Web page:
MH: In your Tedx talk, you mention the phrase “perceptions of matter.” Matter can imply that which is physical and tangible or that which carries importance. In your view, how does the artist or writer—the creative worker—most effectively use the materials at hand (the “matter,” whether plastic, paint, or words) to evoke “the matter at hand” (the significance or substance of thought and experience).
AR: Choosing your material wisely while recognizing that it isn’t the material itself that matters, rather our relationship to it that matters. It is how we treat matter (or words, or each other) that reveals the important truths worth sharing. Our suffering isn’t interesting in and of itself. It is our ability to navigate through suffering to a state of bliss and finding a vehicle (or material) that enables us to proceed with grace—be it stone, marble, text, dance, plastic debris, whatever—that is essential. It is in our intimate handling/engaging with material where aspects of the “matter at hand” that are worthy of contemplation become revealed. To me, the best art is about revealing, not concealing or subterfuge of any kind. To me, there is no better way to reveal than to get past our preconceived notions of hierarchy and just commit, commence. Begin again and again and again.
MH: Your work is physically present for viewers, entangling them within the many spirals and lines of the plastic while emphasizing the importance of fixing the problem of waste. But what about the spaces the waste does not fill? How do you manipulate emptiness in the context of your work? What is the value of emptiness?
AR: Negative space is a device I use only sparingly. It is a compositional tactic that serves commercial artists very well, as it is incredibly pleasing to the eye. I am currently focusing more on the issue of hyper abundance—displaced abundance, which doesn’t allow for much indulgence in terms of emptiness. However, it is interesting because the diaphanous blobs in my childhood nightmares emerged from the negative spaces in these knots, so in a way, they are integral to the work.
Even remote deserts are littered with plastic debris, so playing with emptiness and negative space seems overly indulgent to me somehow. As above, so below. Emptiness and silence personally provide me with respite, and I enjoy them in my life, but I don’t think that my job entails providing that for others at this time. Although, I am sure that (like everything) will change over time.
MH: Much of the plastic you use is from plastic bottles, which aren’t usually vibrantly colored, but your art is rich and vibrant with hues. How does your use of color reflect your voice and express the message of your work? In terms of the conceptual significance of your work, which we have discussed at length here, what is the significance of color?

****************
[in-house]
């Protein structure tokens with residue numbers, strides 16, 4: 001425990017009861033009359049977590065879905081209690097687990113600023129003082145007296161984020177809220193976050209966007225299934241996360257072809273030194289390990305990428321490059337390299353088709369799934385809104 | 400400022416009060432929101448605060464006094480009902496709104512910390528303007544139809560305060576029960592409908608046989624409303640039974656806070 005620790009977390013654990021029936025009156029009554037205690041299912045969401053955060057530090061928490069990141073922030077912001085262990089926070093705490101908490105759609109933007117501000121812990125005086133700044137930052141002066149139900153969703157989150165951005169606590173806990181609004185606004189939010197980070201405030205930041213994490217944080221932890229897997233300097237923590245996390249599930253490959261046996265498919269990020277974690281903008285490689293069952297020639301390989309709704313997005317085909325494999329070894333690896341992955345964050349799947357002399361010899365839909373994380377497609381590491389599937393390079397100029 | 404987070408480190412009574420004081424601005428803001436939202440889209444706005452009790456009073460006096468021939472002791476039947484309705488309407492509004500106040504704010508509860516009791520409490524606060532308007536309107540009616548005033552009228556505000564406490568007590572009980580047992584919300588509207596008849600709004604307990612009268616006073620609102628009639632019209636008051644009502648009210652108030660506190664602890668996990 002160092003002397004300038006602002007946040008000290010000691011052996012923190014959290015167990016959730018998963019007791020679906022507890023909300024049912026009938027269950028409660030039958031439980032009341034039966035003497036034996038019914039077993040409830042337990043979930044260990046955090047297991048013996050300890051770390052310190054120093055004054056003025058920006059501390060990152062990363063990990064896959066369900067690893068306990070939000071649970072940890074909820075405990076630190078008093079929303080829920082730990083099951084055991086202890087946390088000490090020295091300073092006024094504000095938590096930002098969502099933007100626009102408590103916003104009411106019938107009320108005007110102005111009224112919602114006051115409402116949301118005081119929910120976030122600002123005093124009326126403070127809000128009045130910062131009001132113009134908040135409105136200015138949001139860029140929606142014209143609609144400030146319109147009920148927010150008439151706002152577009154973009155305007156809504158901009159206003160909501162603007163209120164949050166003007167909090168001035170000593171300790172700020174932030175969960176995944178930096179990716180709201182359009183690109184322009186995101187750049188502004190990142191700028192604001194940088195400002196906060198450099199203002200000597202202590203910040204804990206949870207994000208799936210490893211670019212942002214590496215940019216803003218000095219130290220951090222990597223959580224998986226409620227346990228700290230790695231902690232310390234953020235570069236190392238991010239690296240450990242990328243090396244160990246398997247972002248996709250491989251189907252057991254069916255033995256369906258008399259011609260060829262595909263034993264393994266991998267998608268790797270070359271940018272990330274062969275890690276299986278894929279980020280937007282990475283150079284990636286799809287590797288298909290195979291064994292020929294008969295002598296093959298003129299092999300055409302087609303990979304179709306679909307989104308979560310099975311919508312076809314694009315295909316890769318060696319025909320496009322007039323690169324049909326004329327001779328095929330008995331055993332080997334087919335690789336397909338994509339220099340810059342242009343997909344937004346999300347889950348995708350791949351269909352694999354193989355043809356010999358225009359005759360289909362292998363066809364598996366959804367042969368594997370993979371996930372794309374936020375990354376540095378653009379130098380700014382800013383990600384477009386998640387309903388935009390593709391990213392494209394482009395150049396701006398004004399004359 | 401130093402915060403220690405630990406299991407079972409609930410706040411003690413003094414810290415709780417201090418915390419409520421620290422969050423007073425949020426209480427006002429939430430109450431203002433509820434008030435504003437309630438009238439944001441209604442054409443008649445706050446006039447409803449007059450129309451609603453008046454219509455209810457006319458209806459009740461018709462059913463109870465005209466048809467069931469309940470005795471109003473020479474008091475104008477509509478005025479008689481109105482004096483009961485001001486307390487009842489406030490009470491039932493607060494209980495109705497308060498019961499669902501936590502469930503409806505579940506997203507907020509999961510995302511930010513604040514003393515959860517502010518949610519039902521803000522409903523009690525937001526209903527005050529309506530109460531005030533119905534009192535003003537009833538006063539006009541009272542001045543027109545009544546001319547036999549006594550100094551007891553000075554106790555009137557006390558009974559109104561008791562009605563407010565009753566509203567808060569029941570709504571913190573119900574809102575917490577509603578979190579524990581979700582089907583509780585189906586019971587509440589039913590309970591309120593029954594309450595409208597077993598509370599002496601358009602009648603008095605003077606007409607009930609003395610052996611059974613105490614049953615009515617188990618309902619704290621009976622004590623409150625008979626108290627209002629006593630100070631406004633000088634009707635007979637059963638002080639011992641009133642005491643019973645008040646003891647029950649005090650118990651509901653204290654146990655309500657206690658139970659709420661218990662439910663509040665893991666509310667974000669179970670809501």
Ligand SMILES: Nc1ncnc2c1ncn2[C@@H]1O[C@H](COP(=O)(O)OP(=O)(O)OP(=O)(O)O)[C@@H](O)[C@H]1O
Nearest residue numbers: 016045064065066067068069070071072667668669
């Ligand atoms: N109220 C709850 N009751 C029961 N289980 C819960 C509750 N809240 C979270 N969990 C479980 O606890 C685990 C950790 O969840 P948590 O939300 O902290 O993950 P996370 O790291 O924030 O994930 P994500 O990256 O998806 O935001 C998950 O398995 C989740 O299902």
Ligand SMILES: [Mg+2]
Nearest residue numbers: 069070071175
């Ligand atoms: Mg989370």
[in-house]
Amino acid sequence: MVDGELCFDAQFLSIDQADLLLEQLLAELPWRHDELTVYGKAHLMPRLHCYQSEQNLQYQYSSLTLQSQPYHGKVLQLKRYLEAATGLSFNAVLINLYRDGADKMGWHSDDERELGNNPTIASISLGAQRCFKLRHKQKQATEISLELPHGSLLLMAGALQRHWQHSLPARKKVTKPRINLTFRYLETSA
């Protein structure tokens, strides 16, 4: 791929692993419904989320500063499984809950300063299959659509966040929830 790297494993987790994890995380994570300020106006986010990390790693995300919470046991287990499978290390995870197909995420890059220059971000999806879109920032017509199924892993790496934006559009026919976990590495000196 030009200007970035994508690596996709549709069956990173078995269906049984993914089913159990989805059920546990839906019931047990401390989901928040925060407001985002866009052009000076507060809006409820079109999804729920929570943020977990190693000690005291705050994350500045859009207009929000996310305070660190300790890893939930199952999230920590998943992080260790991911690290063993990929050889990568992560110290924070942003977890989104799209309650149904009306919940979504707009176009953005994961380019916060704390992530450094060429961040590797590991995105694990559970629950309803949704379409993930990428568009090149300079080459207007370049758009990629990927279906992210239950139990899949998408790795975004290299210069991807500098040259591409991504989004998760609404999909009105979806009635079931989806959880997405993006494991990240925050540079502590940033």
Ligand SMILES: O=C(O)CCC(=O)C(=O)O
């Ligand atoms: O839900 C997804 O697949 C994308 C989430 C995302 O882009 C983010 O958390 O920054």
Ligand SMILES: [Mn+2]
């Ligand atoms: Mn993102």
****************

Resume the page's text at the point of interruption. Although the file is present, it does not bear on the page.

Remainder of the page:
AR: I am jealous of the mantis shrimp. They see more colors than any other living creature, yet what is it they are doing with that visual information? They are violent tiny creatures in an artless society under the sea. I love color. I love playing with color. It is like an endlessly enjoyable toy to me. I can resist it sometimes, but often don’t see the need to. I think the surprise moment of realization when a viewer becomes aware that what they are looking at is actually made from plastic garbage is so important; which is why I often use color as a device to further distance the material from its original state. Once airbrushed (with non-toxic environmentally conscious paint) a piece of trash can be fully transformed and totally divorced from its previous state.
MH: We are interested in the discussion of “shifting perception” for the audience who views your art so that the concept “trash” is completely removed from the viewer’s thought process. Given how colorful and vibrant your sculptures are, do you select certain colors by specifically trying to alter a perception or enlist your audience in a particular way?
AR: Sometimes it is very specific—like Pulp Fiction, which was made from Tropicana bottles after they switched to plastic bottles (and incredibly thick bottles at that). They started selling us less juice for more money in these super durable bottles that are designed to last essentially forever. This warranted an orange colored sculpture of course. It is nice when not resisting temptation does no harm. I anticipate that often, the sculptures will be in direct sunlight for many years, and while the plastics I work with take hundreds to thousands of years to photo degrade, the paint will fade over time, so in anticipation of fading I will often start more vibrant than I would otherwise. I hope these suspended sculptures eventually become like ghosts and remind us of our frivolous times past in a loving hovering way so we don’t continue to make the same mistakes.
MH: In a previous interview, you mention the Chuck Close quote posted on the wall in your studio, “Inspiration is for amateurs, the rest of us show up.” You mention that you do not give into the notion of hitting a “block.” Can you speak to the ways in which your consistent creative practice and work ethic enables you to keep moving forward? What kind of methods or states of consciousness do you draw upon to keep yourself “showing up” even when you aren’t feeling inspired?